Machine learning requires computer hardware to reliable and efficiently compute estimations for ever more complex and fundamentally incomputable quantities. A research team at MPI for Intelligent Systems in Tübingen develops new algorithms which purposely lower the precision of computations and return an explicit measure of uncertainty over the correct result alongside the estimate. Doing so allows for more flexible management of resources, and increases the reliability of intelligent systems.
An animal's running gait is dynamic, efficient, elegant, and adaptive. We see locomotion in animals as an orchestrated interplay of the locomotion apparatus, interacting with its environment. The Dynamic Locomotion Group at the Max Planck Institute for Intelligent Systems in Stuttgart develops novel legged robots to decipher aspects of biomechanics and neuromuscular control of legged locomotion in animals, and to understand general principles of locomotion.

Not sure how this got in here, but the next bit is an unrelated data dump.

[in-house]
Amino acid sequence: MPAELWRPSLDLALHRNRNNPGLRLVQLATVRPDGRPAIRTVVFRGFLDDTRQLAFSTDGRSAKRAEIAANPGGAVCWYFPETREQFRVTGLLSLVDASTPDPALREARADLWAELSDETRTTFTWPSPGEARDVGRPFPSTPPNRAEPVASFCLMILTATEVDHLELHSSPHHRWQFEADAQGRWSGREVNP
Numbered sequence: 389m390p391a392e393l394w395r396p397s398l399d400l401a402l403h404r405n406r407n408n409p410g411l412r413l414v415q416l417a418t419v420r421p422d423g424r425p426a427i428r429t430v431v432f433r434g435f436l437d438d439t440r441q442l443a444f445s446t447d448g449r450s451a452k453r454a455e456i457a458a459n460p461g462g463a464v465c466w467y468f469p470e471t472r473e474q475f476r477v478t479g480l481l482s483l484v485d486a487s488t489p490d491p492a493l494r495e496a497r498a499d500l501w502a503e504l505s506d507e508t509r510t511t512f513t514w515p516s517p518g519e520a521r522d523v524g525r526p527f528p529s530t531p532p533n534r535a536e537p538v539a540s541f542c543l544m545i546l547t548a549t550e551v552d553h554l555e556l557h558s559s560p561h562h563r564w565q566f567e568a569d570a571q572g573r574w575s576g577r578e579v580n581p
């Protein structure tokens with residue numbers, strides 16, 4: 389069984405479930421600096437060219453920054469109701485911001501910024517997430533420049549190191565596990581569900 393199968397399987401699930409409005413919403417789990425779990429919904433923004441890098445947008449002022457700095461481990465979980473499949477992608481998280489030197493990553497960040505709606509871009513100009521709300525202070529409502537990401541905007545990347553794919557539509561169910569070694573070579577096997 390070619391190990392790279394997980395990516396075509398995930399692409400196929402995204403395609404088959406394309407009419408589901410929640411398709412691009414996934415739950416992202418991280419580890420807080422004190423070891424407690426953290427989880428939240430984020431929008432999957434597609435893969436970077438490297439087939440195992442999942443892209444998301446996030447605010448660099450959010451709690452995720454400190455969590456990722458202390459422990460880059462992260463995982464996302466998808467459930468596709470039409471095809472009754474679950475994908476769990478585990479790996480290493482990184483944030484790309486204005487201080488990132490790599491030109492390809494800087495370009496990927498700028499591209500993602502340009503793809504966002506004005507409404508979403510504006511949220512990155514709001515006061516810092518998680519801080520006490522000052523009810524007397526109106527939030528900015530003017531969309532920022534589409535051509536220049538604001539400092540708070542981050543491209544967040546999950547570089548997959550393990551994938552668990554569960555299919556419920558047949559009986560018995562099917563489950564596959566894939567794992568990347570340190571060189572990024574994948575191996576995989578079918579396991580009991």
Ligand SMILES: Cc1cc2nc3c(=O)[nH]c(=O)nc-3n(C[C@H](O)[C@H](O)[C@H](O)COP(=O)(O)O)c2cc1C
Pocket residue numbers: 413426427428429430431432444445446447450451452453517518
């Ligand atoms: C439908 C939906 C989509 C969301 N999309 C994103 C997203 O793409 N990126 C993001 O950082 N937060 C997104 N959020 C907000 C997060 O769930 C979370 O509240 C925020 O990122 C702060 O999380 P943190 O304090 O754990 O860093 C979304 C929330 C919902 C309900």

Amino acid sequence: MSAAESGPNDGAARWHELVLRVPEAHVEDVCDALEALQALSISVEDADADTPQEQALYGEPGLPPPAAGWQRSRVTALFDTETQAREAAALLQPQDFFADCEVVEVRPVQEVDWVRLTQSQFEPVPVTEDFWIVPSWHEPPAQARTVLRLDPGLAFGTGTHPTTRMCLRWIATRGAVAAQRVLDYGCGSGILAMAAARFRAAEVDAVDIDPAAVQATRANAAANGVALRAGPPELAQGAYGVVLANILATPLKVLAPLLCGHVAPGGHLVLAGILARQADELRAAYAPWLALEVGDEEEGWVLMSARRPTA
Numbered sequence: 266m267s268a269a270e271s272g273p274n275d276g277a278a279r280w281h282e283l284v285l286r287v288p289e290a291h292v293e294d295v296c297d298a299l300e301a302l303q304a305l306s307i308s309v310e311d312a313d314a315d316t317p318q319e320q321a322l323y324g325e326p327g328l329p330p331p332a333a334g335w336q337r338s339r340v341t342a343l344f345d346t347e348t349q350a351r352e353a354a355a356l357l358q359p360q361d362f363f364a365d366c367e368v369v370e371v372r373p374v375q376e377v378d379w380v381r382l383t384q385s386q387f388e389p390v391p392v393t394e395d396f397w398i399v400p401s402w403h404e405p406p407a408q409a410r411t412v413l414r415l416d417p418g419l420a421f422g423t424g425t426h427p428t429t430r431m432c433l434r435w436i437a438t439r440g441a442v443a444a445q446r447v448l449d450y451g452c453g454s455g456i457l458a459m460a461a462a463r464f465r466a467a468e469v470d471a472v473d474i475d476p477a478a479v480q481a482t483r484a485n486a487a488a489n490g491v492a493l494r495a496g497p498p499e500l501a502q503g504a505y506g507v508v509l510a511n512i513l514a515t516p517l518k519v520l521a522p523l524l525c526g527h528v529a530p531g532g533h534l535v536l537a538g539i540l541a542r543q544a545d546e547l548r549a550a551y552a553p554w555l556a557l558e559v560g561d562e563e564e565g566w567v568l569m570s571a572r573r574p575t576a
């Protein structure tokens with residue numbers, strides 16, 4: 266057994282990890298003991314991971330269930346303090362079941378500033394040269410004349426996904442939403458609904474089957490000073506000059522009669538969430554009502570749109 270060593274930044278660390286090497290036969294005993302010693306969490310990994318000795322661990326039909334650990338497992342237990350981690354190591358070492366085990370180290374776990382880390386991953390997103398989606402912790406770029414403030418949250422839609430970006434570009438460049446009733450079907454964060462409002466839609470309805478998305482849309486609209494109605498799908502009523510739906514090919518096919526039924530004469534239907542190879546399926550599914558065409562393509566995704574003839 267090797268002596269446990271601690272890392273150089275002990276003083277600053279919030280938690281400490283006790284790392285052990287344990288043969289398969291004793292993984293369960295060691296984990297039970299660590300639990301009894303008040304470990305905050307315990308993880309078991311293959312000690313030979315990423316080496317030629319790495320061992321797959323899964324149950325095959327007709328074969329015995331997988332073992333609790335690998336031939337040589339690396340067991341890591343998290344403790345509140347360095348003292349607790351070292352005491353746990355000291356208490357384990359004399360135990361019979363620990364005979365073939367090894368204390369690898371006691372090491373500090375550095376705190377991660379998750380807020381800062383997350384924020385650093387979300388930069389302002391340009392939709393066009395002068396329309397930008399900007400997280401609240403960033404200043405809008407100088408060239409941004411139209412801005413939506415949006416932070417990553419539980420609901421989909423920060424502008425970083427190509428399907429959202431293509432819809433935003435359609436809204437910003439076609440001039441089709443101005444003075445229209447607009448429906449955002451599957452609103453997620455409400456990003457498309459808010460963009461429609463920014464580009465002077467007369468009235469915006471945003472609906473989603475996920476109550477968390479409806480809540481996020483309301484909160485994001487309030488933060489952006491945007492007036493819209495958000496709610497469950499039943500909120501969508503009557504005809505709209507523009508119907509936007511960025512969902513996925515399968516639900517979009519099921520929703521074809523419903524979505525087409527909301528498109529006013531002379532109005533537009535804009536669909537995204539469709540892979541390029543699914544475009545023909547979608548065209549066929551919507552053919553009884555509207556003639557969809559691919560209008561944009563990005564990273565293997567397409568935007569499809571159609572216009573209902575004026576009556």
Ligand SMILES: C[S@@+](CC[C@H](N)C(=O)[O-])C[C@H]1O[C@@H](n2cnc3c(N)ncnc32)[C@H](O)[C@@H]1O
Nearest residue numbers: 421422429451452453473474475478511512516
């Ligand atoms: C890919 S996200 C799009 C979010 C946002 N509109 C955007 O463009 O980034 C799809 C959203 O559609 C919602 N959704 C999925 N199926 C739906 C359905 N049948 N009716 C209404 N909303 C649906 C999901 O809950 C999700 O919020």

Our research goal is to define in a mathematical precise way how visual perception works. We want to describe how intelligent systems understand images. To this end we study probabilistic models and statistical learning. Encoding prior knowledge about the world is complemented with automatic learning from training data. One aspect is being able to identify physical factors in images, such as lighting, geometry, and materials. Furthermore we want to automatically recognize and give names to objects and persons in images and understand the scene as a whole.
Metallic nanostructures feature plasmonic resonances which spatially confine light on the nanometer scale. In the ultimate limit of a single nanostructure, the electromagnetic field can be strongly concentrated in a volume of only a few hundred nm3 or less. We utilize such plasmonic focusing for hydrogen detection at the single particle level, which avoids any inhomogeneous broadening and statistical effects that would occur in sensors based on nanoparticle ensembles. This concept paves the road towards the observation of single catalytic processes in nanoreactors.
Our goal is to understand the principles of Perception, Action and Learning in autonomous systems that successfully interact with complex environments and to use this understanding to design future systems